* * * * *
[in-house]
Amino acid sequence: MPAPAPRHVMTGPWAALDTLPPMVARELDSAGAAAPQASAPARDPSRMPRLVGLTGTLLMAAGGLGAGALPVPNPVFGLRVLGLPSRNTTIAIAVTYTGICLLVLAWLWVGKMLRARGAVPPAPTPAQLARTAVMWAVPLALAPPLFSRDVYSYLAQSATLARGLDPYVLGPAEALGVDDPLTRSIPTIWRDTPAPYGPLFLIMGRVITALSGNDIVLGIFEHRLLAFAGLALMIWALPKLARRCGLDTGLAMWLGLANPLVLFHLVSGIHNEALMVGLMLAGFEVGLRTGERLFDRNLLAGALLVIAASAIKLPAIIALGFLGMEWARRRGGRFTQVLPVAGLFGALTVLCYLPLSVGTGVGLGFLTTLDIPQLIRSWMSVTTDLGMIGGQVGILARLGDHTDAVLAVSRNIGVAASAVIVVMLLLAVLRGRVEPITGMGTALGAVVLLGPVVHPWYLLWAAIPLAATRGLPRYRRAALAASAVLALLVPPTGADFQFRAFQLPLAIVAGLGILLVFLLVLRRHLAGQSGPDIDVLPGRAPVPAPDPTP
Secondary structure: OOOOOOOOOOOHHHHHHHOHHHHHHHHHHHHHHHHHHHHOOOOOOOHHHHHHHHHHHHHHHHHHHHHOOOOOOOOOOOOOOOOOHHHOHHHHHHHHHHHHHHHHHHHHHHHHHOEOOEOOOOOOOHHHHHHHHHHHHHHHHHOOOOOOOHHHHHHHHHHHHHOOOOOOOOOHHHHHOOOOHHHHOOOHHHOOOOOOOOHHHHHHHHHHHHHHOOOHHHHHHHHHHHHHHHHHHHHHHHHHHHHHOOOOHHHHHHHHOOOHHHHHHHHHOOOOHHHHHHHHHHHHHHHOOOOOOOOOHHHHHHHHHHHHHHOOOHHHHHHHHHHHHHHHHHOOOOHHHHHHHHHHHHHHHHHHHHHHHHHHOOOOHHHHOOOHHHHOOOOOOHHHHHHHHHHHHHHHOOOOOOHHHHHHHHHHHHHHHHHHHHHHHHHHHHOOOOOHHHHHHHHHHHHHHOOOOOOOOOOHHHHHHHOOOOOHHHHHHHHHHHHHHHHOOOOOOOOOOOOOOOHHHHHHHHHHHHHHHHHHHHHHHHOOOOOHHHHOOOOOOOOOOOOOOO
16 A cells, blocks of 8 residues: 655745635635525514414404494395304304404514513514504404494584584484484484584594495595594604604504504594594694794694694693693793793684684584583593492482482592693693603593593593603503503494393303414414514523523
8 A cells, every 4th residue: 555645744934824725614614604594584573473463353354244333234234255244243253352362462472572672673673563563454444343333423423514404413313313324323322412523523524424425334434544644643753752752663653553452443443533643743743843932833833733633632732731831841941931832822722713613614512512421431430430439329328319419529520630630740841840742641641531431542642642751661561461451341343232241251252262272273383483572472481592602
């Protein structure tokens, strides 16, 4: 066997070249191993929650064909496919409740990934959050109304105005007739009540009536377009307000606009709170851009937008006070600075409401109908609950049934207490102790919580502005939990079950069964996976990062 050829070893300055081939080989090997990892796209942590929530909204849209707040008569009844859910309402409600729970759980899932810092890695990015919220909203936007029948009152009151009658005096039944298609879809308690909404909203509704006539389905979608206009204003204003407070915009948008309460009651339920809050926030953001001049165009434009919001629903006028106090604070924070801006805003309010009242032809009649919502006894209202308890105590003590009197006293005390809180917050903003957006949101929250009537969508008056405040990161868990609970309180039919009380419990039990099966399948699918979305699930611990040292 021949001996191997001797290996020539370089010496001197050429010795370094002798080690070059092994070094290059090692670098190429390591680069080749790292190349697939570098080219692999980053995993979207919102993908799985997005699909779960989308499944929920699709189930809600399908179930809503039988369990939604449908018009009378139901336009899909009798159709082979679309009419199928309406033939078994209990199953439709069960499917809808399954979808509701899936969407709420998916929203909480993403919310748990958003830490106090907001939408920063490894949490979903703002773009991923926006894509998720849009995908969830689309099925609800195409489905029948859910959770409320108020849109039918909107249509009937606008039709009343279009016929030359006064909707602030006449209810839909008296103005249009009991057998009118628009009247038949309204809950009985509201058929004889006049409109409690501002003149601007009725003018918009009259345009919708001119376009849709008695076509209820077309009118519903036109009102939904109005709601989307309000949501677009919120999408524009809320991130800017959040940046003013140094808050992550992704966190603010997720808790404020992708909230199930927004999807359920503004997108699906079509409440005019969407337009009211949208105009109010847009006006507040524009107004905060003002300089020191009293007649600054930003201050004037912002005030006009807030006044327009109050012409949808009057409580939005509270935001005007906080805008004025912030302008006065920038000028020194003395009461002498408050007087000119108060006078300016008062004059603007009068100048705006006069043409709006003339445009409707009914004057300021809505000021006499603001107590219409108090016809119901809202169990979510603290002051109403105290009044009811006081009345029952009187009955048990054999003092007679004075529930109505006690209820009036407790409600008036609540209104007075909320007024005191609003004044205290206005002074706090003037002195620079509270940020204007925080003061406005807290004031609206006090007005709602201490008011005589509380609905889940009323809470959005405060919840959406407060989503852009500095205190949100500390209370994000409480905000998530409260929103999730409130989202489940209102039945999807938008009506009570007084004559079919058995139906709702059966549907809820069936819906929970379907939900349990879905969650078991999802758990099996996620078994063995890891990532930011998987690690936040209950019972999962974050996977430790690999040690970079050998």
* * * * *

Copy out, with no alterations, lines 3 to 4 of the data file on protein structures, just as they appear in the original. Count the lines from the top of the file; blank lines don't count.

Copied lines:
Secondary structure: OOOOOOOOOOOHHHHHHHOHHHHHHHHHHHHHHHHHHHHOOOOOOOHHHHHHHHHHHHHHHHHHHHHOOOOOOOOOOOOOOOOOHHHOHHHHHHHHHHHHHHHHHHHHHHHHHOEOOEOOOOOOOHHHHHHHHHHHHHHHHHOOOOOOOHHHHHHHHHHHHHOOOOOOOOOHHHHHOOOOHHHHOOOHHHOOOOOOOOHHHHHHHHHHHHHHOOOHHHHHHHHHHHHHHHHHHHHHHHHHHHHHOOOOHHHHHHHHOOOHHHHHHHHHOOOOHHHHHHHHHHHHHHHOOOOOOOOOHHHHHHHHHHHHHHOOOHHHHHHHHHHHHHHHHHOOOOHHHHHHHHHHHHHHHHHHHHHHHHHHOOOOHHHHOOOHHHHOOOOOOHHHHHHHHHHHHHHHOOOOOOHHHHHHHHHHHHHHHHHHHHHHHHHHHHOOOOOHHHHHHHHHHHHHHOOOOOOOOOOHHHHHHHOOOOOHHHHHHHHHHHHHHHHOOOOOOOOOOOOOOOHHHHHHHHHHHHHHHHHHHHHHHHOOOOOHHHHOOOOOOOOOOOOOOO
16 A cells, blocks of 8 residues: 655745635635525514414404494395304304404514513514504404494584584484484484584594495595594604604504504594594694794694694693693793793684684584583593492482482592693693603593593593603503503494393303414414514523523